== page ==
VISTAs of West Virginia: Jakeya Perrin Rediscovers Her College Town and Sees A Bright Future for West Virginia

In the VISTAs of West Virginia series, you’ll learn more about the VISTAs working in Hub communities uplifting economic and community development teams around the state. Sign up for our email list and get the VISTAs of West Virginia series delivered directly to your inbox every Tuesday.

Jakeya Perrin, AmeriCorps VISTA (Elkins)

For Jakeya Perrin, becoming an AmeriCorps Volunteer in Service to America (VISTA) with the West Virginia Community Development Hub (The Hub) was an unexpected solution. She knew that she couldn’t leave the state without doing something positive for her community and this VISTA opportunity was the perfect place to start. Jakeya, like many recent college graduates, was looking for a job after graduation but was getting to the end of her rope as she searched. That’s when she started to consider committing to a year of service as an AmeriCorps VISTA – the description of a service project based in her local community of Elkins piqued her interest.

“I love West Virginia and I fell in love with Elkins,” Jakeya says. “As an alumna of Davis & Elkins College, I look back and see that there are things about the campus I wish were different and how the town and the campus interacted is something I’ve always thought should be improved.”

With that spirit, Jakeya applied to the VISTA opportunity in Elkins, which aligned with the kinds of positive changes she wanted to see for her community. The description of the work was to help carry out a program that benefits both the students and community in Elkins by creating opportunities for students to get involved in their community through organizations or small businesses.

“I can’t leave this state without doing something, even if it’s something as minuscule as showing college students there is more to their college town,” Jakeya expresses. “I wanted this position as a way to give back to a place I’ve called home for the last few years.”

Her time volunteering as a VISTA changed Jakeya’s perspective about Elkins, a place she considered home for a few years while in college. During her years at Davis and Elkins College, Jakeya was an active student-athlete with the occasional trips off campus to restaurants, bars, the Forest Festival, and Walmart. Now, she has grown familiar with the town and the people that have surrounded her for years.

“I think what has grown is myself,” Jakeya admits when asked how the community has grown during her year as a VISTA. “I have come to really know the community and recognize how wonderful it is.”

She adds: “On the community aspect of things though, the last event I assisted with was the Elkins Entrepreneurs Expo and the entire two day event showed just how ready Elkins and the people of Elkins are for expansion and growth in the community. Everyone has a crazy idea and everyone has a new business venture, but the most important part of this is that everyone also wants to stay here and see their ideas grow the community.”

As her time as a VISTA in Elkins comes to an end, Jakeya is optimistic about Elkins’s and West Virginia’s future, but it will take work. Primarily, Jakeya thinks it is time, and that West Virginia is ready, to have tough conversations about marginalized communities and their past treatments. She appreciates being able to work with women in positions of power who have motivated her in her own journey to law school after her time as a VISTA.

“People of color and Black people also belong wherever they want to be with the same rights and respect as white people. The LGBTQ+ community belongs wherever they want to be with the same rights and respect as everyone else,” Jakeya explains. “The lack of education on subjects about the treatment of minorities and the ignorance to the real problems in the world are apparent everywhere. It’s time that we start breaking glass ceilings and pulling chairs up to the table. Being uncomfortable is not an excuse anymore.”

By doing that, Jakeya hopes younger generations will choose to stay in West Virginia and continue to call it home. Her vision for West Virginia is that the state’s population will begin to reflect the rest of the nation in terms of diversity.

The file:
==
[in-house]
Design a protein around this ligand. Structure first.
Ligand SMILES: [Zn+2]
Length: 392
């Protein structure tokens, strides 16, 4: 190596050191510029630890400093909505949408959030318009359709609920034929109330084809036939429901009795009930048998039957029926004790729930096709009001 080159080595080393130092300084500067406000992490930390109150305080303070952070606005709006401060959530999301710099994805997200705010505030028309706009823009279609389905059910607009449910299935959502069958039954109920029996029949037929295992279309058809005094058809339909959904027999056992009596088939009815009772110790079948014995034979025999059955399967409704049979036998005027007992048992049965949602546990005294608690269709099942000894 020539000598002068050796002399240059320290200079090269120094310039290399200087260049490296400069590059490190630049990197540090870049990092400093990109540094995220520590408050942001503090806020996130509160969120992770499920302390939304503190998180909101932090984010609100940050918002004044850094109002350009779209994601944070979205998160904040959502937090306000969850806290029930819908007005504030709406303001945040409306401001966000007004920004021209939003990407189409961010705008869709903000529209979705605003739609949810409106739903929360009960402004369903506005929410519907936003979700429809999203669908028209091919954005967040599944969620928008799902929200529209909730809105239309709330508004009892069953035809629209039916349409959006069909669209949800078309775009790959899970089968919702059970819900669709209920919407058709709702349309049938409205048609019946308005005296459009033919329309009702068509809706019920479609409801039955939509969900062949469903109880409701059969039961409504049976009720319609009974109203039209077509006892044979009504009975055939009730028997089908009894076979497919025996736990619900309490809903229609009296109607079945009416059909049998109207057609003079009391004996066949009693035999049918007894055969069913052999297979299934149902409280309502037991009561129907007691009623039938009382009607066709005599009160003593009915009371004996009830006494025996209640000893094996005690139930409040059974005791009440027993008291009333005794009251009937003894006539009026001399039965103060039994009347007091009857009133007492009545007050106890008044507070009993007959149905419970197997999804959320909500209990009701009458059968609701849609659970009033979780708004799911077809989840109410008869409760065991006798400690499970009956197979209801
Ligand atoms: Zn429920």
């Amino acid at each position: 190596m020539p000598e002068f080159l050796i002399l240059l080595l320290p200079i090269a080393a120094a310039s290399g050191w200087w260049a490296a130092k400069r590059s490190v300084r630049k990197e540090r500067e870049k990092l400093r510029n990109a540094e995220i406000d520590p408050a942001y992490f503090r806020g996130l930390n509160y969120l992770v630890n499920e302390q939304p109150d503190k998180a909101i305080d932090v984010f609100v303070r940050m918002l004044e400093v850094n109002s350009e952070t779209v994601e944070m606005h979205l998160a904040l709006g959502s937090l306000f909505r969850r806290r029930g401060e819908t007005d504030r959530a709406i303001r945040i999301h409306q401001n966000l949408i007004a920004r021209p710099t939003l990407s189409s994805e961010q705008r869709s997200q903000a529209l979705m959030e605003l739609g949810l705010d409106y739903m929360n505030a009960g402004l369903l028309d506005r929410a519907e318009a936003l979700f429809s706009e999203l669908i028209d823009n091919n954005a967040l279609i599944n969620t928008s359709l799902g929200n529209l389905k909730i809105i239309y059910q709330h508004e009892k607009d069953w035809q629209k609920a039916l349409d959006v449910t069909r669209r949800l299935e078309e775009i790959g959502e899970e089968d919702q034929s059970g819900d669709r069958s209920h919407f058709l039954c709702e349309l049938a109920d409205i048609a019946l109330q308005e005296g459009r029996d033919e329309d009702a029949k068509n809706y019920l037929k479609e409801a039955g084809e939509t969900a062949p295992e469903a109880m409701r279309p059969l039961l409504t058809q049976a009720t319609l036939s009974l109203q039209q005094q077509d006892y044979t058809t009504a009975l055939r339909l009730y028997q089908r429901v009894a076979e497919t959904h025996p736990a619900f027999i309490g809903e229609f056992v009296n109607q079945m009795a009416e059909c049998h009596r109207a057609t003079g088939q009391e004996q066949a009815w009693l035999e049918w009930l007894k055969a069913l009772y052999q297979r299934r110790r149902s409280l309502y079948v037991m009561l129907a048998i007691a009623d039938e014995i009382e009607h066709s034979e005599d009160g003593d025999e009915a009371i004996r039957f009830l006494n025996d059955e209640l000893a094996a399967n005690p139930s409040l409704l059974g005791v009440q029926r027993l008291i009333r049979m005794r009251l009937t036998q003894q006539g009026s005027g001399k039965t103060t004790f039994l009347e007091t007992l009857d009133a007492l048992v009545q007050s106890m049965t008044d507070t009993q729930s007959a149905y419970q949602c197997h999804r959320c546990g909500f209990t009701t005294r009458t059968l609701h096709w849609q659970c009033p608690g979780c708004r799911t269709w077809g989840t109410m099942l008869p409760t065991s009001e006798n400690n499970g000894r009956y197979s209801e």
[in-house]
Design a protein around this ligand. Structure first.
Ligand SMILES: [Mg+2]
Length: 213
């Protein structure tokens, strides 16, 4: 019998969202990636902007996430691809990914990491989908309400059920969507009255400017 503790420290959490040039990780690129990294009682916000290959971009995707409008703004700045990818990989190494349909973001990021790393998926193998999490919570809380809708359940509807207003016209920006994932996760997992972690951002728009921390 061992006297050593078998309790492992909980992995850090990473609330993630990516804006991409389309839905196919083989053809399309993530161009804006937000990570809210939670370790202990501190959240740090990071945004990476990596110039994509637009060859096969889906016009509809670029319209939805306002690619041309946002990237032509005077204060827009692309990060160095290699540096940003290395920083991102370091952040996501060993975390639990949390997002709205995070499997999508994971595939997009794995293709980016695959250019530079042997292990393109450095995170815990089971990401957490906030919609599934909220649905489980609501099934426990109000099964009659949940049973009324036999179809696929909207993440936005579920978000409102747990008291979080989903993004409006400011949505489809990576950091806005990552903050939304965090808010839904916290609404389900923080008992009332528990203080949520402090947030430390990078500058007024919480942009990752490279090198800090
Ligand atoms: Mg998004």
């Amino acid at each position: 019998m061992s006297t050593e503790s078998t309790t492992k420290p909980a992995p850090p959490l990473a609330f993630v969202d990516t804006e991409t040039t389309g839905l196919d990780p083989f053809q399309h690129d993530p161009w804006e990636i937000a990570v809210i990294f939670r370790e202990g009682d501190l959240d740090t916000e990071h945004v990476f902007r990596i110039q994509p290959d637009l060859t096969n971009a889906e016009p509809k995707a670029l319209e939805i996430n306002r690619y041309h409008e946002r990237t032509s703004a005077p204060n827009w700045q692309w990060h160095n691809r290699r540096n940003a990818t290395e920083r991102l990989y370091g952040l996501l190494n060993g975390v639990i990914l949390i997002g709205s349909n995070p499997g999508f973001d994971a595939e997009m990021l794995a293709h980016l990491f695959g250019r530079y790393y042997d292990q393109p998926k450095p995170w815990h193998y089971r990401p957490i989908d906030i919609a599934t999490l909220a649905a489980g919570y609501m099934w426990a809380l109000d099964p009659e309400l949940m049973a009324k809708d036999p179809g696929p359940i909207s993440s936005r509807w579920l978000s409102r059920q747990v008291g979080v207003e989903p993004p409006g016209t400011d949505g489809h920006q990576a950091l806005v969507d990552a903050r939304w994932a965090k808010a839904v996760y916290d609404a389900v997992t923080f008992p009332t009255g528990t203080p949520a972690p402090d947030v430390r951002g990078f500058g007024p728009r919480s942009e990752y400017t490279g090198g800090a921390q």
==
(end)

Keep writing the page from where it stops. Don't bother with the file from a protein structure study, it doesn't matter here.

“[I want to see] young people staying or returning after school, settling down and taking over or starting newer businesses,” Jakeya shares. “I would like to see them investing in the area, planting their own roots or expanding on the ones they have already. The next generations are more than alright; they are proud, smart, kind, passionate, and ready to be the change this country, state, town, and so forth needs. I’d love for those doors to be welcoming and open for them to step in and do just that.”

The West Virginia Development Hub hosts AmeriCorps Volunteers in Service to America (VISTA) volunteers in communities participating in our coaching programs as well as in partnership with organizations around the state. The Hub currently has VISTA sub-sites in Fairmont, Morgantown, Rainelle, Clarksburg, Elkins, and other communities. The VISTA program was founded in 1965 and is an anti-poverty program providing needed resources to nonprofit organizations and public agencies to help lift communities out of poverty. The VISTA program places volunteers 18 years or older into communities where they perform a year of full-time volunteer service.

Interested in becoming a VISTA? Check out current opportunities through The Hub »

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For too long, who and what it means to be a West Virginian has been defined for us. It’s time to redefine the Mountain State in our own words and in the eyes of the world. West Virginia can be anything we want it to be – let’s redefine it together.

Parsons

Residents participated in the Blueprint Communities* program to engage their neighbors and co-create strategic plans for their future.

Message from our Executive Leadership Team

Fifteen years ago, stakeholders building up local communities and economies in West Virginia convened to map a coordinated strategy to systemically grow community economic development activity in the state. From the shared vision and collaborative leadership of dozens of strategic partners across the state, the WV Community Development Hub was born.

Since that time, The Hub has grown into the anchor community development organization serving West Virginia. We have built upon the original vision to create a method for rural, community-led development strategies that is uniquely tailored to the needs and opportunities of our state.

As we have grown and developed a proven model for success, our partnerships with community and economic development practitioners, funders, and committed West Virginia residents have been foundational to every element of our work.

Over the past two years, the team at The Hub has adapted to the unprecedented challenges our communities have faced during the pandemic by leaning into our core strengths to deepen our impact. The Hub remains committed to tackling persistent challenges, and we have focused our attention on the most impactful elements of our work.